Nokia & Huawei Ink Dull Deal
The companies say the deal will give each firm access to the other's WCDMA intellectual property. "Both companies are doing R&D in the area of WCDMA," says Nokia spokeswoman Riitta Mard.
Huawei is a massive presence in the Chinese infrastructure market, both wireline and wireless, and a growing one on the global stage with $2.7 billion in worldwide sales in 2002. Major rivals include Cisco Systems Inc. (Nasdaq: CSCO), which is currently involved in a legal battle over alleged patent infringements with the Chinese company (see Cisco Wins Round 1 Against Huawei).
The deal should help bolster the prospects for the WCDMA standard in China, where it is still far from clear which standard will be adopted for third-generation networks. The Chinese have their own homegrown standard, TD-SCDMA (Time Division Synchronous Code Division Multiple Access) (see What's Up With Chinese 3G?), while Qualcomm Inc. (Nasdaq: QCOM) is pushing CDMA2000 technology (see Qualcomm Courts Chinese 3G).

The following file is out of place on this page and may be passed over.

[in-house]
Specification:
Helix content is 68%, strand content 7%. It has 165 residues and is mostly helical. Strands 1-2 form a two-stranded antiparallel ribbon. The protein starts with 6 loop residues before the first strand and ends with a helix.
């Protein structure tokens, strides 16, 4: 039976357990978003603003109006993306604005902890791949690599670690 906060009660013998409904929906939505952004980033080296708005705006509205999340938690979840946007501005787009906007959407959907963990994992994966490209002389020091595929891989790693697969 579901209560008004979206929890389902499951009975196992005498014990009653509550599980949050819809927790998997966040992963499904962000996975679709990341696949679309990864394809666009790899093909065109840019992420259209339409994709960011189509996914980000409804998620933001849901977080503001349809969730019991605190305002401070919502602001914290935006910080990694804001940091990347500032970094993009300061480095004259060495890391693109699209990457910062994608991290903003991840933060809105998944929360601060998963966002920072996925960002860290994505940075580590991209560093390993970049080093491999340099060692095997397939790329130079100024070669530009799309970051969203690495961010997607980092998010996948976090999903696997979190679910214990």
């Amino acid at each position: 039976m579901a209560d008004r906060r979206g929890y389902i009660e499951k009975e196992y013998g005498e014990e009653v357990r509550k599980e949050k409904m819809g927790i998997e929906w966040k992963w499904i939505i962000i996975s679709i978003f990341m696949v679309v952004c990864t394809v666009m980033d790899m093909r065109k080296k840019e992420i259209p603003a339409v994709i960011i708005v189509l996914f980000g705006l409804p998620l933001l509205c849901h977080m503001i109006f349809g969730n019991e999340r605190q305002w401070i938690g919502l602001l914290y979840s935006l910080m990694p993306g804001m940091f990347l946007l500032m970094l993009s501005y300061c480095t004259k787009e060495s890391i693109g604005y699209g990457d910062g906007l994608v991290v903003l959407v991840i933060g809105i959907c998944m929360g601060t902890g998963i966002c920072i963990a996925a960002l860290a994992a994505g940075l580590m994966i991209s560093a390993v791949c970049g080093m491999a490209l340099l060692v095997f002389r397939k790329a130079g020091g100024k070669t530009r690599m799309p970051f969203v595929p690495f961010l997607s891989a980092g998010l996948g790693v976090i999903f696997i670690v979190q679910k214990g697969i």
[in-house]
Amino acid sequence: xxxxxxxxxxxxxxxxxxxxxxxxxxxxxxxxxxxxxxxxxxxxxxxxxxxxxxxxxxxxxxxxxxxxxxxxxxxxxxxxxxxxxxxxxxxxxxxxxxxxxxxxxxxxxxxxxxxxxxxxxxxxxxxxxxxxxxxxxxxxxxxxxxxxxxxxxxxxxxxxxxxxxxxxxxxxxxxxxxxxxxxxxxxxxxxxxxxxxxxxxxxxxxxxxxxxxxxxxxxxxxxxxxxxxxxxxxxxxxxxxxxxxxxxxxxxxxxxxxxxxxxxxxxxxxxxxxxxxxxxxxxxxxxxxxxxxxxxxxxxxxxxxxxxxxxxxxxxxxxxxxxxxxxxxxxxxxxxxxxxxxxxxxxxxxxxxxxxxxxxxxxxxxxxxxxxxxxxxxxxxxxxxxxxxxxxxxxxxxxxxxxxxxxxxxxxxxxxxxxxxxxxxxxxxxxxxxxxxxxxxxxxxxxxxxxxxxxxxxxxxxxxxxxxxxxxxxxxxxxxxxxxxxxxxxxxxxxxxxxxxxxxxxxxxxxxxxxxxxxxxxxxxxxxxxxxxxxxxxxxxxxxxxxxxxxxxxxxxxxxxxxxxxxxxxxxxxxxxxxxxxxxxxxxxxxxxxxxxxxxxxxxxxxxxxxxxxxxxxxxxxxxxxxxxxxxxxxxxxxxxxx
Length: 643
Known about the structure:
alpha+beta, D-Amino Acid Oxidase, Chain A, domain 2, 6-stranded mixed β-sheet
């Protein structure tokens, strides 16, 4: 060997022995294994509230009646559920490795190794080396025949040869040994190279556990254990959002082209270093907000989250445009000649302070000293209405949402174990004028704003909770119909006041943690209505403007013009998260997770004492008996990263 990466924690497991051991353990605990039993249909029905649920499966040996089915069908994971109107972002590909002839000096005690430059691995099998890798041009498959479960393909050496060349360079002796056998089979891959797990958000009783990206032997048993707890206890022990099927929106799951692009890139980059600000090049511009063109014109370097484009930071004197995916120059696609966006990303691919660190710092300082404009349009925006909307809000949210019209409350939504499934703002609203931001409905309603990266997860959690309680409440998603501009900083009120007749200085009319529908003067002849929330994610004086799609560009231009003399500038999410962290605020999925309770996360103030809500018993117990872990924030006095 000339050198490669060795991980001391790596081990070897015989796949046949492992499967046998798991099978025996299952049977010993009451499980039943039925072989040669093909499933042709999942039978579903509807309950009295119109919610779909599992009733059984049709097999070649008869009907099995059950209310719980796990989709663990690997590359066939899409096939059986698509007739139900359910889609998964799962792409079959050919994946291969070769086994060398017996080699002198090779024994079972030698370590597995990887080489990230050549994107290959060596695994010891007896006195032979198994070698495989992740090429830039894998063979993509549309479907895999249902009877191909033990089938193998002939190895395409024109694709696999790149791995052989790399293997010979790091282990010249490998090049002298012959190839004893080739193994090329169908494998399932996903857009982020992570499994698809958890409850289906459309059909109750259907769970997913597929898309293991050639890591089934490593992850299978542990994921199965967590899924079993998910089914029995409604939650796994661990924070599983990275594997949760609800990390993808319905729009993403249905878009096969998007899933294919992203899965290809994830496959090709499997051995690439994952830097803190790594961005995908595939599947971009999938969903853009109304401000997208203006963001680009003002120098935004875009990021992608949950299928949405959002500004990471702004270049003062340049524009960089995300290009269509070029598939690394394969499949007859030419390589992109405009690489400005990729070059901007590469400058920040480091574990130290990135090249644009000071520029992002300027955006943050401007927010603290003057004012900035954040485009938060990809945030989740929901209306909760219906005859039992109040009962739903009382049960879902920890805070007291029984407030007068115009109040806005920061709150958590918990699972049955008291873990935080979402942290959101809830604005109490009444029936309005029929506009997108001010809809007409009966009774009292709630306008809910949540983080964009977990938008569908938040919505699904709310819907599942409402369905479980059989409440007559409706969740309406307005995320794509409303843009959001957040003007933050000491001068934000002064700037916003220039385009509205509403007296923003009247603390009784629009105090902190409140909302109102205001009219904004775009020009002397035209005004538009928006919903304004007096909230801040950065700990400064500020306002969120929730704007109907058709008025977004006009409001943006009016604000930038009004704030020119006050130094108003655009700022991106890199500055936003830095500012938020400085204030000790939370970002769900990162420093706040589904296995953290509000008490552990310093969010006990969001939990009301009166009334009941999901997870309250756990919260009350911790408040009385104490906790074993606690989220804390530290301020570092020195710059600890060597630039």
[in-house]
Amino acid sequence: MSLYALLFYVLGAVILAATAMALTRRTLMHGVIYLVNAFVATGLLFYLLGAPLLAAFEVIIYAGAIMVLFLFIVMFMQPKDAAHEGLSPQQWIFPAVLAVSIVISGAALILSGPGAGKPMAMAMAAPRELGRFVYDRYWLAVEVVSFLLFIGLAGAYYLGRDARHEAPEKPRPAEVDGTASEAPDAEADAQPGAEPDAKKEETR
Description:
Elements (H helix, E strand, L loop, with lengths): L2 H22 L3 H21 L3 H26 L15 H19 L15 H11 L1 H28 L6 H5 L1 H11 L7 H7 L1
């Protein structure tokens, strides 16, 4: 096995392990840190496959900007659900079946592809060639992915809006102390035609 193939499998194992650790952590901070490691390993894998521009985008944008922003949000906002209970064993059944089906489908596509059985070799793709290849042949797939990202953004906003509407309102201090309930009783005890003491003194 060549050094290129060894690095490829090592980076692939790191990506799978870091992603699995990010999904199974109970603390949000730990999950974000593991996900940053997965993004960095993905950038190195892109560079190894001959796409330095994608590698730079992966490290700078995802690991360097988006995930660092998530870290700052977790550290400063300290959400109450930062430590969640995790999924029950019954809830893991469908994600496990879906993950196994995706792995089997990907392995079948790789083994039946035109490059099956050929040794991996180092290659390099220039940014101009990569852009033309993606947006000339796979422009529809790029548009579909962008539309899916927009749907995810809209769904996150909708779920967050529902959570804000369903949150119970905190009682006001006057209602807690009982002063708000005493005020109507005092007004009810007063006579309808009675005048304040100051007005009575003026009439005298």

Nokia isn't revealing the royalty rates for this deal, although Mard describes them as "reasonable." Last year, Nokia caused a commotion in the industry by calling for a cap on WCDMA intellectual property royalty rates to ensure that total IP licensing costs make up no more than 5 percent of the sale price of networking equipment. (see Nokia Throws Its Cap Into the Ring).
Some vendors agreed to the cap (see Royalties Deal on WCDMA ), but Qualcomm, which makes its living from patent royalties, balked at capping the rates.
"Qualcomm basically said no way," comments Seamus McAteer, principal analyst at the Zelos Group LLC — Dan Jones, Senior Editor, Unstrung